Alpha-1 antitrypsin deficiency in the elderly: a case report
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Generally, alpha-1 antitrypsin deficiency (AATD) is suspected in young patients with pulmonary emphysema or chronic obstructive pulmonary disease (COPD). Patients often suffer from diagnostic gaps and are misdiagnosed with chronic obstructive pulmonary disease (COPD), asthma, and airway hyperresponsiveness (AHR), as AATD may present with nonspecific respiratory symptoms. It is never too late to suspect AATD, especially in a patient with an unusual medical history. In recent years, evidence is beginning to emerge that there may be value in identifying and treating patients who do not already have deterioration of functional parameters.

Authors describe a case of a 69-year-old Caucasian female patient, late diagnosis of AATD, with both severe bronchial hyperreactivity and numerous exacerbations due to the peculiar clinical history and the presence of a rare mutation; although not presenting forced expiratory volume in 1 second (FEV1) between 30 and 65%, the patient was treated with alpha-1 antitrypsin (AAT) augmentation therapy and achieved clinical and functional improvement.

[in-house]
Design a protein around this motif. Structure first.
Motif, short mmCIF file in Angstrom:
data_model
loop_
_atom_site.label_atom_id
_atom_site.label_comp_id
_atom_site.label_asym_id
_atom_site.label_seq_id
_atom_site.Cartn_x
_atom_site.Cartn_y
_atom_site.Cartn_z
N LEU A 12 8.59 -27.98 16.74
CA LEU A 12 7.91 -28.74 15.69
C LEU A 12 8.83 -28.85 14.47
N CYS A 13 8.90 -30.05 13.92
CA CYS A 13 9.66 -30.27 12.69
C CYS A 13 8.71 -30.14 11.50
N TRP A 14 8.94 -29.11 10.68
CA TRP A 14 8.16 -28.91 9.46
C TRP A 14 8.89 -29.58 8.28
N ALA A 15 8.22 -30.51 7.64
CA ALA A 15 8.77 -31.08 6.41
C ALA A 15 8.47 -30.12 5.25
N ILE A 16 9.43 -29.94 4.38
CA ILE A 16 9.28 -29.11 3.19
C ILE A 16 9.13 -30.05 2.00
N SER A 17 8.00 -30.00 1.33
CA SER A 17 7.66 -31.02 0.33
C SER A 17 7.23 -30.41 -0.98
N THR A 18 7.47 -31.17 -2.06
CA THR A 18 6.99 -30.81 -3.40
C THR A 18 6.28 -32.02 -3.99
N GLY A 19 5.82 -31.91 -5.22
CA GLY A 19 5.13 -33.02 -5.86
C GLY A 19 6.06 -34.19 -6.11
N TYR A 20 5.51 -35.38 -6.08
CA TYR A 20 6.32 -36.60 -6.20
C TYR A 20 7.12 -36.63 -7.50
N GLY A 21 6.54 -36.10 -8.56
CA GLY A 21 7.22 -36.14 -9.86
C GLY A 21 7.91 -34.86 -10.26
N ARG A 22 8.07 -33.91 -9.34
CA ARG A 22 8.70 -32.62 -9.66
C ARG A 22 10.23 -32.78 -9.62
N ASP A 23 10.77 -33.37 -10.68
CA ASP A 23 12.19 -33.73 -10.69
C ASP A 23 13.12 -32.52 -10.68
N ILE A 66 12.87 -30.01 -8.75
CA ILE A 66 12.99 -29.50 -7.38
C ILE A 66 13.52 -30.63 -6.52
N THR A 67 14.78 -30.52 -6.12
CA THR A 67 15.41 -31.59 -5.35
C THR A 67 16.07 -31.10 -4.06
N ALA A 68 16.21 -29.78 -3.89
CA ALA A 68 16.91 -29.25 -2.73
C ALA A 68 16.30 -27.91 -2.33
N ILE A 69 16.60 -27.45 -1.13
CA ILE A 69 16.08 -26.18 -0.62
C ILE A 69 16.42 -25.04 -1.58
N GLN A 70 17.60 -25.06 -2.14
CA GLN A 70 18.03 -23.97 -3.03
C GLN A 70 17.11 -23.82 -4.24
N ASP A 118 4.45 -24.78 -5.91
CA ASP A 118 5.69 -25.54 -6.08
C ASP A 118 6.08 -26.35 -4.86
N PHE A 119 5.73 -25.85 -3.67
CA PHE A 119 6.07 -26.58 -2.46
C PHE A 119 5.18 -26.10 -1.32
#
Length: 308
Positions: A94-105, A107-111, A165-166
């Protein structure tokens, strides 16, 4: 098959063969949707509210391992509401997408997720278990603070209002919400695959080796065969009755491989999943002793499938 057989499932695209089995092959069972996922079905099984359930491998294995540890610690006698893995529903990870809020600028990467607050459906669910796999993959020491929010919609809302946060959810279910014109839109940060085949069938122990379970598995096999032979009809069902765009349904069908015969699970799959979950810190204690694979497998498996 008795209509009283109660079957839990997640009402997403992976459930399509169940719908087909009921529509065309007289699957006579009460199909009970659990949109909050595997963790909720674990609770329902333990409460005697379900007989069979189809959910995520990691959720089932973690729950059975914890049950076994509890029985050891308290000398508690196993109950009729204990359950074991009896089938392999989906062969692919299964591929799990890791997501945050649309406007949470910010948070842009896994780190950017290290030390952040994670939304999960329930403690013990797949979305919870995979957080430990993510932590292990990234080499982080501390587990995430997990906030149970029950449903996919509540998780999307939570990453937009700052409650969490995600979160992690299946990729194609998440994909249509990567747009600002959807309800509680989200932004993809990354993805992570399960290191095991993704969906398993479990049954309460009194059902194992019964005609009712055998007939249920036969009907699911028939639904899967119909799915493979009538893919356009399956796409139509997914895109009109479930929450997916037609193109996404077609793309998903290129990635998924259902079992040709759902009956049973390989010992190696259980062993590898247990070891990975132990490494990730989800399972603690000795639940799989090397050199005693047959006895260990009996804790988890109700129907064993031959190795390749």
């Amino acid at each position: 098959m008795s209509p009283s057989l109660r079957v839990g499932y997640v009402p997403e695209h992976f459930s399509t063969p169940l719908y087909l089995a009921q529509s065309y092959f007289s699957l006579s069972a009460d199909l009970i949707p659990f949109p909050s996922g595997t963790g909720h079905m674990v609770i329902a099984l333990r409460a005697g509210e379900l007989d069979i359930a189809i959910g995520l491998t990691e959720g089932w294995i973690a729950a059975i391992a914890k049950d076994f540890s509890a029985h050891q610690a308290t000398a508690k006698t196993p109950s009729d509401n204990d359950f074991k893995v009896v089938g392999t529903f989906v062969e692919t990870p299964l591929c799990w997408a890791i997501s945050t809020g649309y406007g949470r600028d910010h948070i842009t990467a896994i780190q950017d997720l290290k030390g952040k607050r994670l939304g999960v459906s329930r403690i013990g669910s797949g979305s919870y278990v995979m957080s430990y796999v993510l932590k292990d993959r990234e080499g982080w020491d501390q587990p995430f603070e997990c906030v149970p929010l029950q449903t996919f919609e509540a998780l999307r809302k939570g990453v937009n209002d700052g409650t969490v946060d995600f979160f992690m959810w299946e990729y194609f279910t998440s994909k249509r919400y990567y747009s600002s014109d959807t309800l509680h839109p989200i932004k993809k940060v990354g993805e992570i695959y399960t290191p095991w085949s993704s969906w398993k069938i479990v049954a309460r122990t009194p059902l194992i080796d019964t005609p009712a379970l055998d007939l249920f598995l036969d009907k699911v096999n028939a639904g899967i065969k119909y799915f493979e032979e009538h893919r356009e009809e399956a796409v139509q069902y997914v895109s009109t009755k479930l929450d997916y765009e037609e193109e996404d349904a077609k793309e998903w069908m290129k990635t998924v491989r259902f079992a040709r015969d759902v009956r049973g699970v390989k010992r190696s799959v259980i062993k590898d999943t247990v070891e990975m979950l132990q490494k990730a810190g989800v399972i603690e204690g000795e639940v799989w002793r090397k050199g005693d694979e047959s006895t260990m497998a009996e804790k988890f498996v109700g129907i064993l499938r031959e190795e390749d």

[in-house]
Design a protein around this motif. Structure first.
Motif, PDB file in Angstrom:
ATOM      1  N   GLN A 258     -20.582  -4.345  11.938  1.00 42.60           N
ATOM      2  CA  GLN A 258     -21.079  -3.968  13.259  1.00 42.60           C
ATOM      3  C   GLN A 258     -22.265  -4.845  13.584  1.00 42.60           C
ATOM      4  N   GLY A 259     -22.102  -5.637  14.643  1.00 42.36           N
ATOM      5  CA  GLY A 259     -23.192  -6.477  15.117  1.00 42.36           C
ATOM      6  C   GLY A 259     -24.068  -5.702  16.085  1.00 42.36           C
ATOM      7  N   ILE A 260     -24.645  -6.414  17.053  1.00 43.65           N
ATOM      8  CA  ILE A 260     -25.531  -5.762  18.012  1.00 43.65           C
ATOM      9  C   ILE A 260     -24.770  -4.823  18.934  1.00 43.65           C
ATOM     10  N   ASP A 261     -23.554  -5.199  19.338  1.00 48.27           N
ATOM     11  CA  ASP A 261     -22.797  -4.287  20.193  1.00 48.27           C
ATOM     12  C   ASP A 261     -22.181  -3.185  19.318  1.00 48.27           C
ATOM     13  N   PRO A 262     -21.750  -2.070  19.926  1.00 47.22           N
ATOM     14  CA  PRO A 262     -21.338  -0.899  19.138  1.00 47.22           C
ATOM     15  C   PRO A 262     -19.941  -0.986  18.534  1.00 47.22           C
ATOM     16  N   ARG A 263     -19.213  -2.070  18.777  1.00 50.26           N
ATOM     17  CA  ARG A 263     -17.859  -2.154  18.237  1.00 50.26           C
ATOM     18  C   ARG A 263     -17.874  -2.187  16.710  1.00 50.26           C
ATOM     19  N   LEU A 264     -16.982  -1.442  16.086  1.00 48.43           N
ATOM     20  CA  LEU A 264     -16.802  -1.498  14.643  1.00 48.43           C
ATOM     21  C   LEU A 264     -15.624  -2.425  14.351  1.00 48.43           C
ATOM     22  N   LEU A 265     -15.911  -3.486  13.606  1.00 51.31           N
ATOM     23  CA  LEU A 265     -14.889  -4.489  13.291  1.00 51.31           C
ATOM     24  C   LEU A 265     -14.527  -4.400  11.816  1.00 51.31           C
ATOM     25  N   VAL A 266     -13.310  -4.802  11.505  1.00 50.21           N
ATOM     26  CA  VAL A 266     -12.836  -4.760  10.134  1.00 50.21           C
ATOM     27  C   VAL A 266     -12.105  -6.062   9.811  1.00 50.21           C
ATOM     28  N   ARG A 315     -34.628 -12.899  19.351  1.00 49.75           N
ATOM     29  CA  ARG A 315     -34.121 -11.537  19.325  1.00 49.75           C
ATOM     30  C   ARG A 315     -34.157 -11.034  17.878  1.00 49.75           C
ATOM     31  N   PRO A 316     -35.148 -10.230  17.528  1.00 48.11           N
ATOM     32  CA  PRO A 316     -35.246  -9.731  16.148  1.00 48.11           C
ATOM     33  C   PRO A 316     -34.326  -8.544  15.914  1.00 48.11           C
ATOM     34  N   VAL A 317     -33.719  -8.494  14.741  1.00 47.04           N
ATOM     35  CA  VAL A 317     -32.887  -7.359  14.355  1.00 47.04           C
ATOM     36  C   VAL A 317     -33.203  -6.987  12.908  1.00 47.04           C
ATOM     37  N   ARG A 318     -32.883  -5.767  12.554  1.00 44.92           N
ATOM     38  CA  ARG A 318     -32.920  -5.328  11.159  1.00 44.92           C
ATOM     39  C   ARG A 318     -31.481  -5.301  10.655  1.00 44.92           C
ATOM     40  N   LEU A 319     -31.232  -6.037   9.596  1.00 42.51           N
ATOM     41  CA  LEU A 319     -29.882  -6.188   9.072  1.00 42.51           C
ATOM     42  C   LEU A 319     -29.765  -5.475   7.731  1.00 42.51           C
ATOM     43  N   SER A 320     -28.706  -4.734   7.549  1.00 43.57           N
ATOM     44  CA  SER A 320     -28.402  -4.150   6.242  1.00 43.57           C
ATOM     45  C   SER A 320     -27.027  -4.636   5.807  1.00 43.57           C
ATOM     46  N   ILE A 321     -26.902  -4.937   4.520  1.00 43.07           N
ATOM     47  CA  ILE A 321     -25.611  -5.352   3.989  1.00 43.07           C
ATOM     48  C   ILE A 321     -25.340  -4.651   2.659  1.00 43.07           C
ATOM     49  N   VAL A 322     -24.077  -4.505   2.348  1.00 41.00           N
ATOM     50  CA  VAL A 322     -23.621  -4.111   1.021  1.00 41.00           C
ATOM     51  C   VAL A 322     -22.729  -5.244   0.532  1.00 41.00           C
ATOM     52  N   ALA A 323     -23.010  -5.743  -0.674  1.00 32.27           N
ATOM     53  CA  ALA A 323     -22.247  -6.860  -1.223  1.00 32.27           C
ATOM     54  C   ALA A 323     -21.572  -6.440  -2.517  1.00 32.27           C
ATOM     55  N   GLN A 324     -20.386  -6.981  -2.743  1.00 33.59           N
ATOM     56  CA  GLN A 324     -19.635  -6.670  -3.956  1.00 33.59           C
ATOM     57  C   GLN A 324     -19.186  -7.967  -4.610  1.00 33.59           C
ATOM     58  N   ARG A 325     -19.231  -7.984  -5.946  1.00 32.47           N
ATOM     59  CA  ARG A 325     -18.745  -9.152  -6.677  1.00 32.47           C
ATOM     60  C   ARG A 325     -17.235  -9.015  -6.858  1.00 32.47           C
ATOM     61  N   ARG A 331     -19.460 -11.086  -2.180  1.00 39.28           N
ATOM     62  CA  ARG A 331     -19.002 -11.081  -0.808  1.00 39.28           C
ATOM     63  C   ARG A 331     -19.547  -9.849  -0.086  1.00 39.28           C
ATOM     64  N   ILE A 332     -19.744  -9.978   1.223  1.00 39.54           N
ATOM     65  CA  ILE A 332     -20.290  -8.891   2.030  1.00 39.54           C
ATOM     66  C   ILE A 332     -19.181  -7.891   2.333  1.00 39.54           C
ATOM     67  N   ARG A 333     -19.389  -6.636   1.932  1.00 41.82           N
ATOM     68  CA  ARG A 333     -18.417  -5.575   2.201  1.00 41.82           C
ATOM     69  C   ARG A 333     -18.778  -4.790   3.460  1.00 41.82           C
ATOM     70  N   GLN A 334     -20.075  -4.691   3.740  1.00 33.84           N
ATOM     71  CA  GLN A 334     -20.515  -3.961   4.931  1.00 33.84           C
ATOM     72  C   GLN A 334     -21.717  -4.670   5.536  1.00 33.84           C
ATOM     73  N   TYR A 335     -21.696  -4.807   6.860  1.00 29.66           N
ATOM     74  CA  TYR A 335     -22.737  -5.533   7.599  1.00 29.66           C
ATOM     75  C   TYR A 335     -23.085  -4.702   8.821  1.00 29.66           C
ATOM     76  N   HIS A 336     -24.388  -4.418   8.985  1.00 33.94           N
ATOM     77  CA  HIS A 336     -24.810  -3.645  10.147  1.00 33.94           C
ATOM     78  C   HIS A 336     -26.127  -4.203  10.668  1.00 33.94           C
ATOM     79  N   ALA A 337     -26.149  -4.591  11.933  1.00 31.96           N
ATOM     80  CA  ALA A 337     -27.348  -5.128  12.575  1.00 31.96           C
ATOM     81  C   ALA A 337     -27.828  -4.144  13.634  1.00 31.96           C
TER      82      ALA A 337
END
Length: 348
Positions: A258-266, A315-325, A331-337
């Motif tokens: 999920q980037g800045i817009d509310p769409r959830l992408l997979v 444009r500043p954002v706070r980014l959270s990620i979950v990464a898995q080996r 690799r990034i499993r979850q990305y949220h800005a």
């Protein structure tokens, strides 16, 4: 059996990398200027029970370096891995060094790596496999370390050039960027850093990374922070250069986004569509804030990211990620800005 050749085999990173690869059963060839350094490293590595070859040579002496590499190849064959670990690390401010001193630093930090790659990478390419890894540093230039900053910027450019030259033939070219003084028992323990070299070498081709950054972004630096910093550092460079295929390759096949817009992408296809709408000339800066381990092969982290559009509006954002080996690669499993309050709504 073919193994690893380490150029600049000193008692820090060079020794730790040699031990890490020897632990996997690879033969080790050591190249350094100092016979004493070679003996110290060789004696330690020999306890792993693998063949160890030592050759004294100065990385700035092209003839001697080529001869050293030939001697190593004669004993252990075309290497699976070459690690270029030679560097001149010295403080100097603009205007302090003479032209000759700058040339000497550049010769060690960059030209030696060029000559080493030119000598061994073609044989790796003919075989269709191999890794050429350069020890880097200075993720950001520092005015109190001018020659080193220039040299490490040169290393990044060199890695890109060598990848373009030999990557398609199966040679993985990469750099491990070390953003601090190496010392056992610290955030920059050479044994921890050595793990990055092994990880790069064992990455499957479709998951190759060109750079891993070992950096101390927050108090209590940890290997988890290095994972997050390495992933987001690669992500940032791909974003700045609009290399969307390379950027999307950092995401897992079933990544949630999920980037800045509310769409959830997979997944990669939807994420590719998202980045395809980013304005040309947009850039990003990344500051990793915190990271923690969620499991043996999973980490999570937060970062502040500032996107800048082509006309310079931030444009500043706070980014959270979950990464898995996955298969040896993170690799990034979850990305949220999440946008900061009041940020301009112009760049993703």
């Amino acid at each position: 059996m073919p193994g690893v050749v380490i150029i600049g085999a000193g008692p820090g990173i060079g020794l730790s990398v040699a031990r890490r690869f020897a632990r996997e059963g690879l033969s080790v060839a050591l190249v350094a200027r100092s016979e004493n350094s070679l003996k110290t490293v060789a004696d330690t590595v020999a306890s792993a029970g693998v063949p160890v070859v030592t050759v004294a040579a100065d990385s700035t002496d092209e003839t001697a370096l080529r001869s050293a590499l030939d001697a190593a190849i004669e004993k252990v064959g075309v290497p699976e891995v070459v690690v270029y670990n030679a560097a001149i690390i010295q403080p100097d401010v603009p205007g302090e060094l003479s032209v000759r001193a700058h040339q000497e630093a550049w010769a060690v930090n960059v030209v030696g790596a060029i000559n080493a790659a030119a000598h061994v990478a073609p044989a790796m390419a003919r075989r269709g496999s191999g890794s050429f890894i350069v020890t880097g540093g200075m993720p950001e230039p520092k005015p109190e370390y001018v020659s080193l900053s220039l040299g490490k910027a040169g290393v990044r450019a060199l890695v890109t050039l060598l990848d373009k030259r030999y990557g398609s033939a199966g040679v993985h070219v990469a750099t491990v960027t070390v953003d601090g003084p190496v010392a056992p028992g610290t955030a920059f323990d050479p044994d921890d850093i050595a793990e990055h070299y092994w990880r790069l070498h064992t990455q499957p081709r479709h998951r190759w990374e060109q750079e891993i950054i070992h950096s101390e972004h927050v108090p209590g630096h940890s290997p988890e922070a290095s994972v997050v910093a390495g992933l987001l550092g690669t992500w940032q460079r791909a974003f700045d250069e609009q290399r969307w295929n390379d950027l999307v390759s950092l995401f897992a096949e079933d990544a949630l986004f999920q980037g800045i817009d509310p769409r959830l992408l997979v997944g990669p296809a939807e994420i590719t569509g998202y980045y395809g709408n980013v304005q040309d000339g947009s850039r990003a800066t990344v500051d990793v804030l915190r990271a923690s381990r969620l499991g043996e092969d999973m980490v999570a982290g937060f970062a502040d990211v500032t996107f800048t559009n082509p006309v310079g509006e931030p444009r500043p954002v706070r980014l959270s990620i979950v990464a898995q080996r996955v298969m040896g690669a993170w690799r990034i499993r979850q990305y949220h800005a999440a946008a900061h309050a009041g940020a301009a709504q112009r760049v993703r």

AATD should always be suspected. The Alpha-1 Foundation recommendations for the diagnosis and management of AATD in adult patients indicate that treatment should be provided for patients with FEV1 between 30 and 65%. It may be useful to evaluate and treat patients based on clinical symptoms, even outside the established parameters, in particular cases.

Source: https://jmedicalcasereports.biomedcentral.com/articles/10.1186/s13256-021-02847-w
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